What are some of the most challenging issues facing farmers in Mid Wales at this time?

The combination of last year's long, hard winter with the long dry, hot period during summer has resulted in livestock farmers having used up all their on-farm feed stocks and being unable to build up sufficient reserves to take their normal stock holdings through the winter and early spring. They have been forced to de-stock when prices are low resulting in financial losses. It is at this time of year that farm subsidies are paid out and inevitably some farmers are not paid on time or as much as they anticipated which leads to enormous financial stress. Not to mention Brexit which is making the future so uncertain. Once the political situation has been finalised then farmers, like other business people, can make decisions and move forward with a greater degree of certainty and confidence.

If people don’t receive the support they need, what can happen to them and their farms?

As in other families and businesses this can lead to severe personal and family stresses which may end up in family breakdown or even suicide, and if the family cannot function properly, the farm cannot be run productively which means it will probably have to be sold or in some cases just abandoned! Of all professions in the UK, farming has the highest number of suicides: nearly one per week!

We hear that isolation and loneliness can be a big issue for some farmers. Are there any networks that farmers can tap into?

Farmers can and should participate in community activities and interact with their neighbours and colleagues. More formally young farmers can join Young Farmers' Clubs while all farmers can join the NFU (National Farmers' Union) or FUW (Farmers' Union of Wales). Through these organisations, or other sources of information, farmers will learn of conferences, seminars and short courses designed to strengthen their skills and should make a point of participating in these on a regular basis. One appreciates that it is not easy for them due to the distances they may need to travel and the difficulties of leaving the farm unattended however resolving these issues is easier than sorting out the consequences of long term isolation and loneliness!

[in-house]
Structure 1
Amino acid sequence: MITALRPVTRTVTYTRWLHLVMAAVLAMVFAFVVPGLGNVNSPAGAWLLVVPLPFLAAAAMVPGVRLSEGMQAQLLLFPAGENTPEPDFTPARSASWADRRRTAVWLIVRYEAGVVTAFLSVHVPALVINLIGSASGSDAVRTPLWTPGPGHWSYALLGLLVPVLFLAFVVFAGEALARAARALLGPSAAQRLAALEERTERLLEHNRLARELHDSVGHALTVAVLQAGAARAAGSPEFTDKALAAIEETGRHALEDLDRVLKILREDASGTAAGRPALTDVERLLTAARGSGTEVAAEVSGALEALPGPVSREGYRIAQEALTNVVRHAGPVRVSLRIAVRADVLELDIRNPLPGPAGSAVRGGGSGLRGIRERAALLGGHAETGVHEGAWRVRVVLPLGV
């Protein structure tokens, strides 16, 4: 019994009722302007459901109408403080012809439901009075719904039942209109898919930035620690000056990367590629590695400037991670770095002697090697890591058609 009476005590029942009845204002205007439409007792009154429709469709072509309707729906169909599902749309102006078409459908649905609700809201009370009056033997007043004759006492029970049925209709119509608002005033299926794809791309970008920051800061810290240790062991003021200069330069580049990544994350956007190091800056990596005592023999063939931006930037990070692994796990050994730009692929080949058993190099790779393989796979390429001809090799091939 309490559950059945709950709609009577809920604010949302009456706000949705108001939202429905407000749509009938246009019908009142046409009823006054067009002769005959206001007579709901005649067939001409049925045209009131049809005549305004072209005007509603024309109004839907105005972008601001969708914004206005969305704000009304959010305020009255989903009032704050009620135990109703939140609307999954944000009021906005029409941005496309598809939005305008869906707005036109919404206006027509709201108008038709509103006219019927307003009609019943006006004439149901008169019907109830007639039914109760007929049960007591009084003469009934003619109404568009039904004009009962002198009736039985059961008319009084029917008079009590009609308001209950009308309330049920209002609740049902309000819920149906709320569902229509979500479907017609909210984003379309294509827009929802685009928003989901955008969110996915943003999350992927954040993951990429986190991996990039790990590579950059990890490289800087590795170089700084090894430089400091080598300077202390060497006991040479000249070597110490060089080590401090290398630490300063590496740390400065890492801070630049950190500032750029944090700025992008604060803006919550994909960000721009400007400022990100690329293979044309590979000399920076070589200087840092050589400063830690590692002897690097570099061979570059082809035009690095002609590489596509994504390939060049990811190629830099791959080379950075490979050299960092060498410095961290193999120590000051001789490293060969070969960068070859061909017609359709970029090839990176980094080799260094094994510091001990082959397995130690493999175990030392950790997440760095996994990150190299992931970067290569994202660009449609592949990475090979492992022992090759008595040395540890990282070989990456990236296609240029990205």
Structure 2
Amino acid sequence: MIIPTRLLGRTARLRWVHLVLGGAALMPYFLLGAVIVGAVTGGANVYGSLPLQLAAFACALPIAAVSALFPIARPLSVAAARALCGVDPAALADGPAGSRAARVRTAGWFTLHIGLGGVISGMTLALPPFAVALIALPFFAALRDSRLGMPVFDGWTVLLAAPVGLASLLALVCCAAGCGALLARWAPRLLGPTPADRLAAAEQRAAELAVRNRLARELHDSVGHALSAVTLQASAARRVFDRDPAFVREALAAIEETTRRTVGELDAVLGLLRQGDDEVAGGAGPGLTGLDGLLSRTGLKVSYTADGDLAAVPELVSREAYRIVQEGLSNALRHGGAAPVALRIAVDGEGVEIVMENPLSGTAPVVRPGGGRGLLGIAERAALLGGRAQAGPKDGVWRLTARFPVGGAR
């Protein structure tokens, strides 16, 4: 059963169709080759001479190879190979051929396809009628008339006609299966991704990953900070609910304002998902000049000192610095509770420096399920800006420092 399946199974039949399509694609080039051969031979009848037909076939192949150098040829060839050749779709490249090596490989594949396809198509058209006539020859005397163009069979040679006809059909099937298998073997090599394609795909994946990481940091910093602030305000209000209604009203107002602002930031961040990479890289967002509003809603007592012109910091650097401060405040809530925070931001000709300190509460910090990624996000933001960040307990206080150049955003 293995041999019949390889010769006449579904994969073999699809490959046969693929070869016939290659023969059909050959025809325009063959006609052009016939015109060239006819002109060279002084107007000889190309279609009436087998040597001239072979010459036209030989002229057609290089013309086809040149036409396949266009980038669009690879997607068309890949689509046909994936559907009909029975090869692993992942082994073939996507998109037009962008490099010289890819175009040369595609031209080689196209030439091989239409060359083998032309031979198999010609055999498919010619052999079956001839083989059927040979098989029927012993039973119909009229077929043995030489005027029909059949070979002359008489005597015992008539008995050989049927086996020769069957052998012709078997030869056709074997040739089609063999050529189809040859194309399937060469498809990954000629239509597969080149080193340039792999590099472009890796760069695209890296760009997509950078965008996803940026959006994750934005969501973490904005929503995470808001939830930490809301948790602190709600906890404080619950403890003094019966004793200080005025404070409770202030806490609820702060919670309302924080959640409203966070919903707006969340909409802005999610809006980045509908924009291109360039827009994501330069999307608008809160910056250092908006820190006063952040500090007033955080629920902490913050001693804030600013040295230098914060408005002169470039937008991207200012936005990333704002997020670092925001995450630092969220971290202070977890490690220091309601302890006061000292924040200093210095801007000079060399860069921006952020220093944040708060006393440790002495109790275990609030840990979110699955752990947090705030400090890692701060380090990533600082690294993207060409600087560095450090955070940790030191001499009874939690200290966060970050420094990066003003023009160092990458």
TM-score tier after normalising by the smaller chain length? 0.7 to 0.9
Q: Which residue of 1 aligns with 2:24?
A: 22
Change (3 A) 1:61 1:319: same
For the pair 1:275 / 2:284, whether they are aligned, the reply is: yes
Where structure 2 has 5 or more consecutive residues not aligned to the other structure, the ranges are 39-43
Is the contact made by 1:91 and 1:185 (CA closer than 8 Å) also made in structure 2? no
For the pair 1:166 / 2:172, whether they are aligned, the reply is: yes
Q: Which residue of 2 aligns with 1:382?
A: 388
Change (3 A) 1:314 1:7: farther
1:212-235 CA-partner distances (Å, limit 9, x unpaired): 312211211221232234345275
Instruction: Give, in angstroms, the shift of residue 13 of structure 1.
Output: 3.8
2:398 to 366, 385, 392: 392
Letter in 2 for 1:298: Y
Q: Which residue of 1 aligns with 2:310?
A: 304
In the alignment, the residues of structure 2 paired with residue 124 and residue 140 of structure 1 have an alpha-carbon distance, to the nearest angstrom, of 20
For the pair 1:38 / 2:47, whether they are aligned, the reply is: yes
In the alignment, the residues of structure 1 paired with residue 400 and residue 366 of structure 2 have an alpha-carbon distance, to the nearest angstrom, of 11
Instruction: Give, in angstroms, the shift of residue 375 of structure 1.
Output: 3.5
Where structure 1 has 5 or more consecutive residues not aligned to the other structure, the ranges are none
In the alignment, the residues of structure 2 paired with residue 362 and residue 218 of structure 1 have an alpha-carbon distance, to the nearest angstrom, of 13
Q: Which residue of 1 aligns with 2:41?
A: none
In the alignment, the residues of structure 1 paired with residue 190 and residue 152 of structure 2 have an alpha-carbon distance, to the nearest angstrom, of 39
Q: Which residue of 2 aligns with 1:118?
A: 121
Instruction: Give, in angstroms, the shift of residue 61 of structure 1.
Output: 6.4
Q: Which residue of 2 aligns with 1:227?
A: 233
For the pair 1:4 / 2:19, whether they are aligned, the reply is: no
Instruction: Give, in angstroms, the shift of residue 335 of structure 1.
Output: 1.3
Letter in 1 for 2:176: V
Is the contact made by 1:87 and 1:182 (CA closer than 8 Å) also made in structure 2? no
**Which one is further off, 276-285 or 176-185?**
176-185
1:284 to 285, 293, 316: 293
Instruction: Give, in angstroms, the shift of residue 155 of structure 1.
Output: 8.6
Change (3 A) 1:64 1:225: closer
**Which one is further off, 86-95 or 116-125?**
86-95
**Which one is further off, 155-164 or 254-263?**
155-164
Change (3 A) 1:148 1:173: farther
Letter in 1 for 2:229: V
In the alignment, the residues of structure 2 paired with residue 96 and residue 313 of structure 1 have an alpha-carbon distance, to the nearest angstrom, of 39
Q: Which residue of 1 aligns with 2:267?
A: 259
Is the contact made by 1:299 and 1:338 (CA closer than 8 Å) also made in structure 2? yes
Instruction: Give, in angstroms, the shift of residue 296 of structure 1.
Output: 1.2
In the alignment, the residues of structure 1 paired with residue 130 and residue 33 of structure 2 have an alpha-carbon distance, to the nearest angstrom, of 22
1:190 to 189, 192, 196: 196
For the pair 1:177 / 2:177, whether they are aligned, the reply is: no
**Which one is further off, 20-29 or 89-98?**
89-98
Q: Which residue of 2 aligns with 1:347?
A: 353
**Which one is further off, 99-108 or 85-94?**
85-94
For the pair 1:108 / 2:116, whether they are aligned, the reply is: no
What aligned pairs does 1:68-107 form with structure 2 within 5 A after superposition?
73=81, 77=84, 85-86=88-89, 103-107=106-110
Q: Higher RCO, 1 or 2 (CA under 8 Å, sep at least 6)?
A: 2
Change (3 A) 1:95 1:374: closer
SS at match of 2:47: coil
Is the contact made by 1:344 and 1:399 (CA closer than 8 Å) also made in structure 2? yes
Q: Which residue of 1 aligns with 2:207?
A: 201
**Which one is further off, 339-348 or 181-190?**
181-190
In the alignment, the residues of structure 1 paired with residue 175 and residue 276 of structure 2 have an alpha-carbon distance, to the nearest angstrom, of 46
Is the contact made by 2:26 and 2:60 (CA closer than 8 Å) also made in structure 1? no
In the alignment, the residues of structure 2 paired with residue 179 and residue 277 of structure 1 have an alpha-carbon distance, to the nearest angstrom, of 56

Which other organisations do you work closely with, either locally in Powys, or in the rest of the UK, to provide support to the farming community?

Traditionally FCN works with the other farming help organisations namely RABI (Royal Agricultural Benevolent Institute) and the Addington Fund and of course the Government Agencies as applicable to various cases and in some instances in specific programmes like Cymorth Bovine TB control. In Wales the various FCN Groups, led by our Regional Director, are forming working relationships with all support agencies and charities that supply specialist services that may be applicable to achieving FCN’s objectives. The cooperation and information provided by PAVO is an essential component resource for us.

What are the main challenges of the role?

The main challenge of my job is in matching volunteers to cases particularly as we actually do not have enough caseworkers and most of our volunteers do not speak Welsh.

Tell us about some of the most rewarding work you have done at FCN so far

For me the reward is to hear that a caseworker has been able to support a farmer to the point where he/she has overcome their problems and is once more living happily and productively.

When you are not volunteering for FCN, how do you enjoy spending your time?

Walking in beautiful Wales. 

If you want to find out more about the Farming Community Network you can go to the website at www.fcn.org.uk or email help@fcn.org.uk or ring 01788 510866.

If you want to talk to a sympathetic person who understands farmers and rural life you can call the FCN helpline: 03000 111 999. Calls will be answered in person from 7am to 11pm every day of the year. Alternatively you can email the e-Helpline at chris@fcn.org.uk

No comments:

Post a Comment